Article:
Lessons From Nature On Indoor Water Vapor Management
What does indoor air quality have in common with the blacklegged tick?
The debate about the need (or lack of a need) for humidification in buildings rages on. I recently had an interesting conversation with an engineer who specializes in desiccant technology, in particular, dehumidification for operating rooms where the temperature is lowered to keep clinicians wearing sterile gowns comfortable. Since I am a proponent of balanced indoor-air hydration (humidification) to support patient healing and to decrease transmission of infectious bio-aerosols, our chat was somewhat tense.
The dislike of humidifiers, as far as I can tell, results from concerns about unhygienic equipment, condensation and mold growth in walls and ductwork, and excess energy consumption.
And yet, water is critical to all life! In biology, successful vapor pressure management exists in even the most extreme climactic conditions, ranging from insects living in the desert to fish swimming in fresh water. Remarkably, biological strategies for internal water homeostasis are beautifully energy and material efficient. What elegant model can Mother Nature show us now?
There are many examples, but a particularity interesting one is the blacklegged tick, Ixodes scapularis. This tick must avoid death due to desiccation for several months between blood-feedings on hosts. Then, after the meal, the large volume of ingested liquid must be rapidly managed to excrete excess moisture. How is their life maintained with these wild swings of water availability?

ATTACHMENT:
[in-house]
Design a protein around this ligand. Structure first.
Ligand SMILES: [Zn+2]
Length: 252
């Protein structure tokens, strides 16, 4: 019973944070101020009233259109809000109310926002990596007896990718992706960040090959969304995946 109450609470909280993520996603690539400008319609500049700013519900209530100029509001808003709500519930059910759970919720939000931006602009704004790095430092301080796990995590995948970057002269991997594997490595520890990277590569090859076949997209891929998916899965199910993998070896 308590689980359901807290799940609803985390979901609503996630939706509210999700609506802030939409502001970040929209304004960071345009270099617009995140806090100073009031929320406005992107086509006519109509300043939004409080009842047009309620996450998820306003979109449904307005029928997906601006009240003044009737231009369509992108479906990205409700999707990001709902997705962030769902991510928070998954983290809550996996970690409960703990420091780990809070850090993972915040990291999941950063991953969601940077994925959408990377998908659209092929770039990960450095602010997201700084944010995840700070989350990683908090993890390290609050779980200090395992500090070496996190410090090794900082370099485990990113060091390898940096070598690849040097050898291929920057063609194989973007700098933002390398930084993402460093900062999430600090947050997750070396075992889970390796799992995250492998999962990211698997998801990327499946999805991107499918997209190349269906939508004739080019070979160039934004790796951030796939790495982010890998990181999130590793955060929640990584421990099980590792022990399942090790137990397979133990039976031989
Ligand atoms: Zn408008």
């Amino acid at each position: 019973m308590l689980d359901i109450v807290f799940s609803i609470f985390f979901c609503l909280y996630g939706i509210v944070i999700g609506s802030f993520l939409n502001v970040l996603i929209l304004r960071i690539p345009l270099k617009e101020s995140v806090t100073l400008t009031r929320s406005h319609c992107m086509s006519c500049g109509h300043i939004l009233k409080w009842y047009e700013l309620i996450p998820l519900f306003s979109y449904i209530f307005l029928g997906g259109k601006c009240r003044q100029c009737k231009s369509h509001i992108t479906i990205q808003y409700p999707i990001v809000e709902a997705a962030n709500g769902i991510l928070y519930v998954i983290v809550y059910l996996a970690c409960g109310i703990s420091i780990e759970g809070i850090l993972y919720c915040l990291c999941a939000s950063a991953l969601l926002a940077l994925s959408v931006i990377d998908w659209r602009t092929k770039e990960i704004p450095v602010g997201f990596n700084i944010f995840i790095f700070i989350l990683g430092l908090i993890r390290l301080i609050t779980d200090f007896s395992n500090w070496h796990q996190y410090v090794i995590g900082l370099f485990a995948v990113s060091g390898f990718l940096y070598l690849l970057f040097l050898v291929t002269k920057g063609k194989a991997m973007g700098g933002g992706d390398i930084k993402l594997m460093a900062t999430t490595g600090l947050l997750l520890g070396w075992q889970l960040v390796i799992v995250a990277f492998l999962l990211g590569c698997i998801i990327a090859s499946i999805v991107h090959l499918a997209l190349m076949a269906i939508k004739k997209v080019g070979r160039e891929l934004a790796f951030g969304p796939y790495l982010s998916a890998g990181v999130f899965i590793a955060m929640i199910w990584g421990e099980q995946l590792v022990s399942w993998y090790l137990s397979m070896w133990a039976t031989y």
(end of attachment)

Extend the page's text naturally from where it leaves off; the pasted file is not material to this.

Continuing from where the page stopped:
The secret to Ixodid tick survival is the osmoregulation of their saliva. During extended fasting periods, their salivary glands secrete a highly hygroscopic solution rich in Na+, K+, and Cl− onto the surface of their mouth. This solution quickly dries into hydrophilic crystals which absorb water vapor from unsaturated air because of their high osmotic pressure. Once the crystals are saturated, the tick draws the now hydrated secretion back into its body.
Biological solutions for water management with potential applications to buildings exist not only for humidity control, but also for cooling and water conservation. For example, to manage evaporation rates, some plants have guard cells with osmotic pressure sensors that open and close for optimal gas and vapor exchange as needed. In arid regions, desert plants and beetles have ribbed surfaces that can swell and shrink, creating self-shaded regions that reduce irradiation and water loss from transpiration. In other settings where humidity is too high, evaporation rates can be increased by airflow over moist and vibrating membranes.
Going back to my cautious conversation with the desiccant engineer, I did not bring up tick saliva, but I did ask him what rh range he thinks is best in operating suites. He stated, “forty to sixty percent.” I laughed, because these are the same limits I recommend. In fact, this rh scope has been known to be the healthiest since 1985 when Sterling, Avundel and Sterling published their well-known graphic for ASHRAE.
While humans clearly are not desiccated or swollen ticks, all organisms from insects to mammals need balanced water in both the vapor and liquid state to live. Once again, we can learn a few things from Mother Nature to inspire innovation in the development of desiccants, humidifiers, building envelope design, and other HVAC equipment.